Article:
The daily weather forecast under-sold nature’s fickle complexity on the first of our biannual pilgrimages to Somerset last weekend – the weekend we had decided to take the lower sixth geographers to do pilot surveys for their NEA project work. ’Showers’ in Oxford means a grey day with a bit of drizzly, vertical, misty stuff. In the west country it means brief spells of gorgeous blue sky interspersed by intense horizontal sleet, snow or rain for up to ten minutes followed by a return to blue, repeating enough times to soak you. Add in the wind chill and it felt closer to zero degrees. I’ve learned over the years that a fieldwork sense of positivity in students is directly related to the weather conditions. Show them the back end of a Moroccan market garbage dump on a gorgeous sunny day and they rave about it.
And yet our intrepid, resilient lower sixth weathered all that mother nature threw our way and even found the energy to work super-hard in evening classes and then sing, dance and enjoy their evenings afterwards, get up and make packed lunches, eat breakfast and do it all again –twice! No really – ask them!
I realise though, that this extended time together as a department and whole cohort of students is a luxury to the geographers – time to focus attention only on our subject, to iron out misunderstandings from the textbook with real-world scenarios, to get to know each other and, hopefully, have some fun. We do this as to focus on essential background study skills in preparation for the final research in September of Year 13 worth 20% of final A-level grade. It’s no holiday – unless of course your holidays are 10-hour, weather-beaten days, studying geographical landforms and observing aged-human interactions in Minehead with many miles of walking in between.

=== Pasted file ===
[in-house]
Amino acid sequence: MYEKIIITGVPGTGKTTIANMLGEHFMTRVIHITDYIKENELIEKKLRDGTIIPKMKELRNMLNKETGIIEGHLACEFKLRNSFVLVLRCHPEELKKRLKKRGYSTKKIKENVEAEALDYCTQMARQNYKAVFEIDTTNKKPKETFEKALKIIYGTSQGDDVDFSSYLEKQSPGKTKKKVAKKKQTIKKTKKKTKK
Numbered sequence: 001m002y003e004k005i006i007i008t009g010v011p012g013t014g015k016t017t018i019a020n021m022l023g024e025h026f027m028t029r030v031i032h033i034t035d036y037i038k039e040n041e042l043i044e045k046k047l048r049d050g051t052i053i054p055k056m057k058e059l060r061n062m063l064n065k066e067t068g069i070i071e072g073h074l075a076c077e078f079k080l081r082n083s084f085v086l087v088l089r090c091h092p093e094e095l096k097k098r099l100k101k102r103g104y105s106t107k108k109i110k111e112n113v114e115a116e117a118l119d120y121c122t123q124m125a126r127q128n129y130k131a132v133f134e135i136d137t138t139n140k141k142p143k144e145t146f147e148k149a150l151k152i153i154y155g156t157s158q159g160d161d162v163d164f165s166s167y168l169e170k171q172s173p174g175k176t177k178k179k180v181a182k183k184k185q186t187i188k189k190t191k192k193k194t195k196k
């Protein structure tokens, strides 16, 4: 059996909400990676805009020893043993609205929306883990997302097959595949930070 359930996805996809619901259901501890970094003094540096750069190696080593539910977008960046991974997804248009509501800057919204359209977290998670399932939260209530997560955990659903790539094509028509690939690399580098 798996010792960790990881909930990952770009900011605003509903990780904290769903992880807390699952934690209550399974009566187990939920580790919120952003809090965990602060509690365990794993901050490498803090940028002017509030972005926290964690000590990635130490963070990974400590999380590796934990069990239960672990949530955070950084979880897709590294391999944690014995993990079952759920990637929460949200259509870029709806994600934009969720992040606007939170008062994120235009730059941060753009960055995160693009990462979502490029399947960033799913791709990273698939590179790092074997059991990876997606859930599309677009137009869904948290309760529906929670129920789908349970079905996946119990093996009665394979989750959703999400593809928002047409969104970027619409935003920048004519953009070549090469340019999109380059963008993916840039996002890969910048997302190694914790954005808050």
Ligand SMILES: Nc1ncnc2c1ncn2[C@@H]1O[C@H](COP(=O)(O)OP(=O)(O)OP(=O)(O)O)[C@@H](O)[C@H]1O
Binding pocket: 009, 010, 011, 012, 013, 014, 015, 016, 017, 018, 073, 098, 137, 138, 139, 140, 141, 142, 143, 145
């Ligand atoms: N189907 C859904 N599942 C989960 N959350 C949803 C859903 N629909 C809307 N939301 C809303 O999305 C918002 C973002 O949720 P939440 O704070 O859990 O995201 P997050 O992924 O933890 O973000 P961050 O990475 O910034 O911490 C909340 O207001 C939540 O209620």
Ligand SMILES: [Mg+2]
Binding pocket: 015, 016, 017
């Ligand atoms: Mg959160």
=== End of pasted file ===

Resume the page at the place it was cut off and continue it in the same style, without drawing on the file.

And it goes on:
Well done geographers and to staff Jen Skym, Jo Hall and ‘gappie’ Georgina Sargent. Thanks for a really great trip – we’ll soon be there again!
JP Davies, Head of Geography